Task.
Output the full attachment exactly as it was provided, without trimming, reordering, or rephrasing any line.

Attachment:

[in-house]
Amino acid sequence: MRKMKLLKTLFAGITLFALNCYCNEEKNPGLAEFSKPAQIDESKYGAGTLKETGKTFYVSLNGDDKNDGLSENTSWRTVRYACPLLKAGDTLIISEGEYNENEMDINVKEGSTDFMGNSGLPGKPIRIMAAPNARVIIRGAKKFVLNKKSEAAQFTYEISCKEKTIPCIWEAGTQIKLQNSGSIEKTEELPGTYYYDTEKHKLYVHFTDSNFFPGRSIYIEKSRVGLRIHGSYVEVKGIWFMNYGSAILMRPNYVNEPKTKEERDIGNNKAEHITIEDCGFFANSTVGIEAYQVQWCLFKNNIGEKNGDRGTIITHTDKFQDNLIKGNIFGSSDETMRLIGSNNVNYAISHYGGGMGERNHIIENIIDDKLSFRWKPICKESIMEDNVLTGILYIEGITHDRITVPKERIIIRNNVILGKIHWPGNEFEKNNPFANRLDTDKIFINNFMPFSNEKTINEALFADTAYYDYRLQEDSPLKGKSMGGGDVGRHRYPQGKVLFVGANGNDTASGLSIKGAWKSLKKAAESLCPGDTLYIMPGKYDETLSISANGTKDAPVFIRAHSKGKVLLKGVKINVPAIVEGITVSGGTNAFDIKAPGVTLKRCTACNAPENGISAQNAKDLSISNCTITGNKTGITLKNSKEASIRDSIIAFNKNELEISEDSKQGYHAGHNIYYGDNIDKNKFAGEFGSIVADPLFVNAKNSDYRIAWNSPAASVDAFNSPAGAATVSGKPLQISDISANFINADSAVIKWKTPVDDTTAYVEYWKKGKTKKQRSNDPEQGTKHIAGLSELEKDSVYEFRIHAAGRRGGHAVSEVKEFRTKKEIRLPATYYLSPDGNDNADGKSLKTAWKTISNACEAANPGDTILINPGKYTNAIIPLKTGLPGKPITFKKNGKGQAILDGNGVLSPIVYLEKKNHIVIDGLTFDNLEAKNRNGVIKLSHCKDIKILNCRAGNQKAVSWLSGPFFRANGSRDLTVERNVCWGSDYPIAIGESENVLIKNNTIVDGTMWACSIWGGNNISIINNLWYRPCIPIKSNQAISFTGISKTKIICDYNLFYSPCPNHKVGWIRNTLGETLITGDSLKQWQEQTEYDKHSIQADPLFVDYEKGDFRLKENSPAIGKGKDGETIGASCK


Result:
[in-house]
Amino acid sequence: MRKMKLLKTLFAGITLFALNCYCNEEKNPGLAEFSKPAQIDESKYGAGTLKETGKTFYVSLNGDDKNDGLSENTSWRTVRYACPLLKAGDTLIISEGEYNENEMDINVKEGSTDFMGNSGLPGKPIRIMAAPNARVIIRGAKKFVLNKKSEAAQFTYEISCKEKTIPCIWEAGTQIKLQNSGSIEKTEELPGTYYYDTEKHKLYVHFTDSNFFPGRSIYIEKSRVGLRIHGSYVEVKGIWFMNYGSAILMRPNYVNEPKTKEERDIGNNKAEHITIEDCGFFANSTVGIEAYQVQWCLFKNNIGEKNGDRGTIITHTDKFQDNLIKGNIFGSSDETMRLIGSNNVNYAISHYGGGMGERNHIIENIIDDKLSFRWKPICKESIMEDNVLTGILYIEGITHDRITVPKERIIIRNNVILGKIHWPGNEFEKNNPFANRLDTDKIFINNFMPFSNEKTINEALFADTAYYDYRLQEDSPLKGKSMGGGDVGRHRYPQGKVLFVGANGNDTASGLSIKGAWKSLKKAAESLCPGDTLYIMPGKYDETLSISANGTKDAPVFIRAHSKGKVLLKGVKINVPAIVEGITVSGGTNAFDIKAPGVTLKRCTACNAPENGISAQNAKDLSISNCTITGNKTGITLKNSKEASIRDSIIAFNKNELEISEDSKQGYHAGHNIYYGDNIDKNKFAGEFGSIVADPLFVNAKNSDYRIAWNSPAASVDAFNSPAGAATVSGKPLQISDISANFINADSAVIKWKTPVDDTTAYVEYWKKGKTKKQRSNDPEQGTKHIAGLSELEKDSVYEFRIHAAGRRGGHAVSEVKEFRTKKEIRLPATYYLSPDGNDNADGKSLKTAWKTISNACEAANPGDTILINPGKYTNAIIPLKTGLPGKPITFKKNGKGQAILDGNGVLSPIVYLEKKNHIVIDGLTFDNLEAKNRNGVIKLSHCKDIKILNCRAGNQKAVSWLSGPFFRANGSRDLTVERNVCWGSDYPIAIGESENVLIKNNTIVDGTMWACSIWGGNNISIINNLWYRPCIPIKSNQAISFTGISKTKIICDYNLFYSPCPNHKVGWIRNTLGETLITGDSLKQWQEQTEYDKHSIQADPLFVDYEKGDFRLKENSPAIGKGKDGETIGASCK